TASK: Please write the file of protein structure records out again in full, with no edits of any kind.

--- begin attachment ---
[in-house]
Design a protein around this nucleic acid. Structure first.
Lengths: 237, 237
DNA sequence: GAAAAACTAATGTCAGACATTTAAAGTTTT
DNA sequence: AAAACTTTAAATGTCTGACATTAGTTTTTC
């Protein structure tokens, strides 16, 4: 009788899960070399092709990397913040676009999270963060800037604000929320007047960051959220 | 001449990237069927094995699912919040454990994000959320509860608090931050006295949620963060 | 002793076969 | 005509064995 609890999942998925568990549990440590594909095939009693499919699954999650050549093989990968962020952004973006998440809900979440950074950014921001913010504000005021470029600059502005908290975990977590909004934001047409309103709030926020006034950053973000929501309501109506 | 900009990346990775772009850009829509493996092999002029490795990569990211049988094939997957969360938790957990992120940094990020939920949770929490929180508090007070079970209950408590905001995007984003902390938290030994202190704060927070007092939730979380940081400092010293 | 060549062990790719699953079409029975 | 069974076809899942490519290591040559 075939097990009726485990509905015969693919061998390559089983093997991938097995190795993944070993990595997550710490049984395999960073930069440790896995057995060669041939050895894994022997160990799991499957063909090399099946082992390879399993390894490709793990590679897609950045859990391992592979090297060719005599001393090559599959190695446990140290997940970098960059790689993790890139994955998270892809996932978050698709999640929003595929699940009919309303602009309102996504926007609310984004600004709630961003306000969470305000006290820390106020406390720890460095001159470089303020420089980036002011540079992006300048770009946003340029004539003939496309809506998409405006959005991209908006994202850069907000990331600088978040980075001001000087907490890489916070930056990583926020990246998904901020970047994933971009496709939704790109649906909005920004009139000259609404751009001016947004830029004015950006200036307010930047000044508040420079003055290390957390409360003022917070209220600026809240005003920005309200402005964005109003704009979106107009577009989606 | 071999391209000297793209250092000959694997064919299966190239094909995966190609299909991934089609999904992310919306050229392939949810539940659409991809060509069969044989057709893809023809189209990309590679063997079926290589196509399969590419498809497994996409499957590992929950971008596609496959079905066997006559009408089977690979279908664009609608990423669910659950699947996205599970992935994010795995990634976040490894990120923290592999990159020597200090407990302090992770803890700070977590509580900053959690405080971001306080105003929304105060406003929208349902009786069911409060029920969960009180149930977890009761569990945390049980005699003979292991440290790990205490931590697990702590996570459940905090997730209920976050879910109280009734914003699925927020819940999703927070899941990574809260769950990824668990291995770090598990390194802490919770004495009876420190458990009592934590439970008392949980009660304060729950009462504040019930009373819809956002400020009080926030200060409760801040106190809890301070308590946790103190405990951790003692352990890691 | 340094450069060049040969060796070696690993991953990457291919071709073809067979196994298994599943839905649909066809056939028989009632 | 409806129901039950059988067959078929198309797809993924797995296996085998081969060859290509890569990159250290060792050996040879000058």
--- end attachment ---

[in-house]
Design a protein around this nucleic acid. Structure first.
Lengths: 237, 237
DNA sequence: GAAAAACTAATGTCAGACATTTAAAGTTTT
DNA sequence: AAAACTTTAAATGTCTGACATTAGTTTTTC
């Protein structure tokens, strides 16, 4: 009788899960070399092709990397913040676009999270963060800037604000929320007047960051959220 | 001449990237069927094995699912919040454990994000959320509860608090931050006295949620963060 | 002793076969 | 005509064995 609890999942998925568990549990440590594909095939009693499919699954999650050549093989990968962020952004973006998440809900979440950074950014921001913010504000005021470029600059502005908290975990977590909004934001047409309103709030926020006034950053973000929501309501109506 | 900009990346990775772009850009829509493996092999002029490795990569990211049988094939997957969360938790957990992120940094990020939920949770929490929180508090007070079970209950408590905001995007984003902390938290030994202190704060927070007092939730979380940081400092010293 | 060549062990790719699953079409029975 | 069974076809899942490519290591040559 075939097990009726485990509905015969693919061998390559089983093997991938097995190795993944070993990595997550710490049984395999960073930069440790896995057995060669041939050895894994022997160990799991499957063909090399099946082992390879399993390894490709793990590679897609950045859990391992592979090297060719005599001393090559599959190695446990140290997940970098960059790689993790890139994955998270892809996932978050698709999640929003595929699940009919309303602009309102996504926007609310984004600004709630961003306000969470305000006290820390106020406390720890460095001159470089303020420089980036002011540079992006300048770009946003340029004539003939496309809506998409405006959005991209908006994202850069907000990331600088978040980075001001000087907490890489916070930056990583926020990246998904901020970047994933971009496709939704790109649906909005920004009139000259609404751009001016947004830029004015950006200036307010930047000044508040420079003055290390957390409360003022917070209220600026809240005003920005309200402005964005109003704009979106107009577009989606 | 071999391209000297793209250092000959694997064919299966190239094909995966190609299909991934089609999904992310919306050229392939949810539940659409991809060509069969044989057709893809023809189209990309590679063997079926290589196509399969590419498809497994996409499957590992929950971008596609496959079905066997006559009408089977690979279908664009609608990423669910659950699947996205599970992935994010795995990634976040490894990120923290592999990159020597200090407990302090992770803890700070977590509580900053959690405080971001306080105003929304105060406003929208349902009786069911409060029920969960009180149930977890009761569990945390049980005699003979292991440290790990205490931590697990702590996570459940905090997730209920976050879910109280009734914003699925927020819940999703927070899941990574809260769950990824668990291995770090598990390194802490919770004495009876420190458990009592934590439970008392949980009660304060729950009462504040019930009373819809956002400020009080926030200060409760801040106190809890301070308590946790103190405990951790003692352990890691 | 340094450069060049040969060796070696690993991953990457291919071709073809067979196994298994599943839905649909066809056939028989009632 | 409806129901039950059988067959078929198309797809993924797995296996085998081969060859290509890569990159250290060792050996040879000058």